Spander: Monty has helped make Cal relevant again

The Warriors years have been erased. Imagine they never happened. Think of Mike Montgomery going from a successful career at Stanford to a successful career at Cal. That’s what has happened in the Golden Bears’ media guide.

Revisionist history of a sort. Three pages taking us from Palo Alto to Berkeley, three pages dealing with Final Fours and John Wooden Legends of Coaching awards. But in the biography, nary a word of trying to deal with Baron Davis.

The shame is Montgomery should have a stage larger than college basketball in the Bay Area affords. This isn’t Durham, N.C., or Lawrence, Kan. Bobby Knight would have been a minor figure here.

Sure Cal is a champion again, a fact attributable to Montgomery. And over the Oakland hills, Randy Bennett has turned St. Mary’s into a tournament team.

But it’s all small potatoes in a place where there’s more interest in the 49ers’ long snapper than there is in Cal’s Jerome Randle being named Pac-10 Player of the Year.

Montgomery deals with the reality in his normal way, meaning when he isn’t being sarcastic, he’s being skeptical.

“Forty-Niner season over?” he used to ask writers who finally would make their first appearance at a Stanford game in late February. And Tuesday, upon seeing a journalist, he wondered, “No British Open this week?”

No. A Pac-10 tournament in Los Angeles this week. A tournament which Cal, having won the conference for the first time in 50 years, is called the favorite.

“Favorite?” gasped Montgomery. “For what? Everybody felt we were supposed to win the league. We did. Nobody got real excited, because I guess they picked us to win.”

At Cal, or Berserkely as the great Herb Caen labeled it, they’re finally getting excited about basketball, maybe for the first time since the days of Pete Newell, Darrall Imhoff, Stan Morrison, Tandy Gillis, Bill McClintock and Al Buch, the coach and players of that 1960 team.

“I was a little upset early on,” Randle said about the lack of attendance at Cal home games, “but now it’s changed. The students are congratulating us. Every restaurant I go in, people are telling me good luck. It feels like home.”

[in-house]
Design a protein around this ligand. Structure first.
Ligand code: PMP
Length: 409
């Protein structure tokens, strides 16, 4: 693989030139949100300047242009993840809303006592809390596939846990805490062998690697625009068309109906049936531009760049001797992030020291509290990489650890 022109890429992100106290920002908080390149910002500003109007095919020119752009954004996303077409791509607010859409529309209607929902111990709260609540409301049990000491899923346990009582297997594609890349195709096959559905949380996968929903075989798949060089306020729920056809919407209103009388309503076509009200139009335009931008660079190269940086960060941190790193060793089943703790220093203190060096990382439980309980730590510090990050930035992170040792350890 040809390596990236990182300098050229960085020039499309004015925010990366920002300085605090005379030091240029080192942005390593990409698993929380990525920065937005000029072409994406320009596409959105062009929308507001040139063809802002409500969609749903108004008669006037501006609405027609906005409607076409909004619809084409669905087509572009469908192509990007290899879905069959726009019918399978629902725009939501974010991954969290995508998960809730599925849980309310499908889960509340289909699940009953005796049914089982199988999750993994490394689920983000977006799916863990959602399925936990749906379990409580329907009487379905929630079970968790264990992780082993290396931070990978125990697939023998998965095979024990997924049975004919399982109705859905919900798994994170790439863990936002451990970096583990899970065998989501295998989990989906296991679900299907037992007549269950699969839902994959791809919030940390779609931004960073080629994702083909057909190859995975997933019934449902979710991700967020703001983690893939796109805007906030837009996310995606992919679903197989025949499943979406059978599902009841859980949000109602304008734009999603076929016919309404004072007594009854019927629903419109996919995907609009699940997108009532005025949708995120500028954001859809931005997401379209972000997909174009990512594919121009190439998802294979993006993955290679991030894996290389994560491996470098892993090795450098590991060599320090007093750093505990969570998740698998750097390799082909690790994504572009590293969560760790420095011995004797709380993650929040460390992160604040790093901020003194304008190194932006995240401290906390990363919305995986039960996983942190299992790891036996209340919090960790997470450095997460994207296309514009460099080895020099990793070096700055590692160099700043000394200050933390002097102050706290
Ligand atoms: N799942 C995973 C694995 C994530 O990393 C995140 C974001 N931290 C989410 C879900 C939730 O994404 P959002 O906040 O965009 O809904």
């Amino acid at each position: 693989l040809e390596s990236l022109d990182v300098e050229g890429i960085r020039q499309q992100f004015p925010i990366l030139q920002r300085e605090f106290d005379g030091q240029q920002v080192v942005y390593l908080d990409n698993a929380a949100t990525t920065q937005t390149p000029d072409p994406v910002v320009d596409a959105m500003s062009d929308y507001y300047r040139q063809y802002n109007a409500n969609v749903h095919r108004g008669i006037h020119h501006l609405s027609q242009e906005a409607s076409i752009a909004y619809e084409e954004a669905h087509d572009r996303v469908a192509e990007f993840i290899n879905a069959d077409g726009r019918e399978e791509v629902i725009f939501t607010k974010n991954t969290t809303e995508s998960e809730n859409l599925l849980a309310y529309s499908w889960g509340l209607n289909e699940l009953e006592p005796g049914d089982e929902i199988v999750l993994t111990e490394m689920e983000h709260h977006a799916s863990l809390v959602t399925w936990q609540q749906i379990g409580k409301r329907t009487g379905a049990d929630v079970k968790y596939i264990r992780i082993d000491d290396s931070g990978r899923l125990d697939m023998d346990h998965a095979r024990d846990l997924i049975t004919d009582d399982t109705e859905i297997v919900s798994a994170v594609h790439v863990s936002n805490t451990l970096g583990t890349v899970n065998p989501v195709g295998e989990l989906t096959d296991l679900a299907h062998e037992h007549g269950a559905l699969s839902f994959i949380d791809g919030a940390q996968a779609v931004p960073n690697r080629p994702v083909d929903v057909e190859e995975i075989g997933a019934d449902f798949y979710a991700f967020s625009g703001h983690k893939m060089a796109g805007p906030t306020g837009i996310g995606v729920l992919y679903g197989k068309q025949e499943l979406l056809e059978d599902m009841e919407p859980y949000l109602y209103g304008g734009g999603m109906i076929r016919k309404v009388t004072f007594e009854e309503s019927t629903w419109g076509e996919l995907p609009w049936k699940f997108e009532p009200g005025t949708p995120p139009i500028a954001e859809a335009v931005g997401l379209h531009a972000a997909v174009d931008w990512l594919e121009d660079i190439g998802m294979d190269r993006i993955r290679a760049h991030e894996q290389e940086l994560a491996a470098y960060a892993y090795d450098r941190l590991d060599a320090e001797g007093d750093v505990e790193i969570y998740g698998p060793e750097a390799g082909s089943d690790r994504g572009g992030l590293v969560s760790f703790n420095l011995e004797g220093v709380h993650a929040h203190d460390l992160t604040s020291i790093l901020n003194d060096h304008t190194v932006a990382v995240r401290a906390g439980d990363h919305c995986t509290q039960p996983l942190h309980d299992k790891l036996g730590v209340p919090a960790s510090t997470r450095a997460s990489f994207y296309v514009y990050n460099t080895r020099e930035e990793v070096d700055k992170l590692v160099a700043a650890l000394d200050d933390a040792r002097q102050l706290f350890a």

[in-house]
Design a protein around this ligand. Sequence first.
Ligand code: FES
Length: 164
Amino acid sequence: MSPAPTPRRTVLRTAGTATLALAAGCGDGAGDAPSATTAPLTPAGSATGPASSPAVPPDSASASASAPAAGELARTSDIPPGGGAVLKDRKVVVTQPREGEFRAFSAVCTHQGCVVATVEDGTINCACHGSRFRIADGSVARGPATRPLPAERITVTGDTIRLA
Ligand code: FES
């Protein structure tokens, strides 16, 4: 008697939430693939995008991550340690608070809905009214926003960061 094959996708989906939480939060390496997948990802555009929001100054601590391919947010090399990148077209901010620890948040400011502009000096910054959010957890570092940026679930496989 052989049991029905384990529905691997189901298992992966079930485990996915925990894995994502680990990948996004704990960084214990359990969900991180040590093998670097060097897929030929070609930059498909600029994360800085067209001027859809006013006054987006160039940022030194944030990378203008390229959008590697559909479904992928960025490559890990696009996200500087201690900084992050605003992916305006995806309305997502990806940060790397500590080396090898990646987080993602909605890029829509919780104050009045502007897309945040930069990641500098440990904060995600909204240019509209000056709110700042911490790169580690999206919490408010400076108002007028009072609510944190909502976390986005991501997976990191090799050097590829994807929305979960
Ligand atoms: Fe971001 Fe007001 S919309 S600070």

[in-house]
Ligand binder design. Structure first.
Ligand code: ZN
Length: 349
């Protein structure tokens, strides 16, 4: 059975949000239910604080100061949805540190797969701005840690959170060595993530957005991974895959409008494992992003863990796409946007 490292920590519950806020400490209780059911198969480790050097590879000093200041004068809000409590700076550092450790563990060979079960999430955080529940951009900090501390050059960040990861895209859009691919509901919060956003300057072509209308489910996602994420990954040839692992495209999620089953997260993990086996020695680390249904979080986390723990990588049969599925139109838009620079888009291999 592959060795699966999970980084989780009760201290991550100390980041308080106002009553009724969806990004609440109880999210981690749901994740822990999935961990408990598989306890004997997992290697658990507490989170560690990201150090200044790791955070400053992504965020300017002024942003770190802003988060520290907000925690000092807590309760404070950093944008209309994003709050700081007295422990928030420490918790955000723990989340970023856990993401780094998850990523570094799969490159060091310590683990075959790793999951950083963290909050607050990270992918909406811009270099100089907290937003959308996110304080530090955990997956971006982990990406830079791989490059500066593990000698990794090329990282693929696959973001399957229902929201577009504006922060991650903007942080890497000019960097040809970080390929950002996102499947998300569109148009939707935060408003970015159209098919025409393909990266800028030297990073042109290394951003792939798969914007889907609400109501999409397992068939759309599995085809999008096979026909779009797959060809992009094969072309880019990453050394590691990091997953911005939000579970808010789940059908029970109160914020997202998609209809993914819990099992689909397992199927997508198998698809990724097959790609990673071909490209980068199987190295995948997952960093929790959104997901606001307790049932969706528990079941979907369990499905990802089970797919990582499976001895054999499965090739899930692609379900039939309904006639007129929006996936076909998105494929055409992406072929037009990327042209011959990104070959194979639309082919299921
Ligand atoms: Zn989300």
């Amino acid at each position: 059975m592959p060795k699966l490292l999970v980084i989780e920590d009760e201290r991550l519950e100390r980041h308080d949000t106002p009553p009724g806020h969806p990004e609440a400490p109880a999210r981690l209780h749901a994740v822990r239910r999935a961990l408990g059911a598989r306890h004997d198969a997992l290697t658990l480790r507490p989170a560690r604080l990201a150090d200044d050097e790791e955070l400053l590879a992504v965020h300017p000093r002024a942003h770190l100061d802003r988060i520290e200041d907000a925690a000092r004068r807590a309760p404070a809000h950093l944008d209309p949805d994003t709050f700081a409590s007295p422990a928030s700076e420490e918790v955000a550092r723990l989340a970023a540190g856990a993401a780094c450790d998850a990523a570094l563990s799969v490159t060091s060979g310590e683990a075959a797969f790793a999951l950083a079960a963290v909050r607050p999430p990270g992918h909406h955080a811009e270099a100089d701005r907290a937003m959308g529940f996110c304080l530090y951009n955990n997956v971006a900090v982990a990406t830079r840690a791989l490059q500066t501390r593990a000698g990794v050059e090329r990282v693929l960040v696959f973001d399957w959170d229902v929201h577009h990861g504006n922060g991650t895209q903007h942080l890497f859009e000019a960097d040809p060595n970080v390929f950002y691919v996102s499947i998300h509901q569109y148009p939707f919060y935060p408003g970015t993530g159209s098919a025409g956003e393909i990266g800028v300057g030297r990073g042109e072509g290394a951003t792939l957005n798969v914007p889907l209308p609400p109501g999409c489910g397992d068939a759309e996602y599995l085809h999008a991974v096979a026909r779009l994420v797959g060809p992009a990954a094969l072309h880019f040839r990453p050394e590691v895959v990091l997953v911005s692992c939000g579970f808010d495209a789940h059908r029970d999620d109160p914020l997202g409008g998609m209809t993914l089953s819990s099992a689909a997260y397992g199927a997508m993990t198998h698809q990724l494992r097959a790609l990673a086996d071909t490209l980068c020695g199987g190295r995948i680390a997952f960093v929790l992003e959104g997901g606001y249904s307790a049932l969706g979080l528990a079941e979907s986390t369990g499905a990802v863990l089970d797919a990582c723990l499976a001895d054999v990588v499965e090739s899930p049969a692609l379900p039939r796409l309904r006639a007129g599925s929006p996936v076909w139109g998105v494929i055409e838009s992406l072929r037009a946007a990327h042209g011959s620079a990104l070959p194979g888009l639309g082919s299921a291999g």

Cal needed this. Hey, the Bears once lost 56 straight games to UCLA. Montgomery needed this. His two years out of the game after being dispatched by the Warriors in 2006 were unfulfilling. Now there’s something tangible at the end of the day.

“Any time you put as much time and energy as do coaches,” Montgomery said, “and you are directing a group of young people that need direction, want direction and want to be helped to a common goal, if you can reach that goal, it’s satisfying.”

This is a team of seniors, albeit a team the 63-year-old Montgomery has had only two seasons.

“I like this group whether they be sophomores, juniors or seniors,” said the coach, sounding quite unexpected. “They’ve figured out how to win some games, at least the two years I’ve had them. We’re pretty tough to beat.

“They have a clear understanding of what it takes.”

So does Mike Montgomery, as verified by his record everywhere except those virtually nonexistent years with the Warriors.

Art Spander has been covering Bay Area sports since 1965 and also writes on and E-mail him at


CalOther SportsPac-10sports

If you find our journalism valuable and relevant, please consider joining our Examiner membership program.
Find out more at

Just Posted

A health care worker receives one of the first COVID-19 vaccine doses at Zuckerberg San Francisco General Hospital on Tuesday Dec. 15, 2020. (Courtesy SFgov)
SF to open three large sites for COVID-19 vaccinations

Breed: ‘We need more doses. We are asking for more doses’

Tongo Eisen-Martin, a Bernal Heights resident, named San Francisco’s eighth poet laureate. (Kevin N. Hume/S.F. Examiner)
Tongo Eisen-Martin becomes San Francisco’s eighth poet laureate

Bernal Heights resident Tongo Eisen-Martin has become San Francisco’s eighth poet laureate.… Continue reading

Homeless people's tents can be seen on Golden Gate Avenue in the Tenderloin on Wednesday afternoon, Dec. 16, 2020. (Photo by Ekevara Kitpowsong/S.F. Examiner)
Statewide business tax could bring new funds to combat homelessness

San Francisco could get more than $100 million a year for housing, rental assistance, shelter beds

The Museum of the African Diaspora in San Francisco (a mural by artist Jamie Treacy is pictued) has a lineup of free online programming including activities for youngsters scheduled for Martin Luther King Jr. Day on Jan. 18. (Courtesy Demetri Broxton/Museum of the African Diaspora)
Stanford, Museum of the African Diaspora host MLK Day activities

Online offerings include films, music, discussion

Speaker of the House Nancy Pelosi presides the US House of Representatives vote on the impeachment of US President Donald Trump at the US Capitol, January 13, 2021, in Washington, DC. - The Democrat-controlled US House of Representatives on January 13 opened debate on a historic second impeachment of President Donald Trump over his supporters' attack of the Capitol that left five dead. (SAUL LOEB/AFP via Getty Images/TNS)
House votes 232-197 to impeach Trump a second time

Focus shifts to Senate, where McConnell has signaled he may not stand by president

Most Read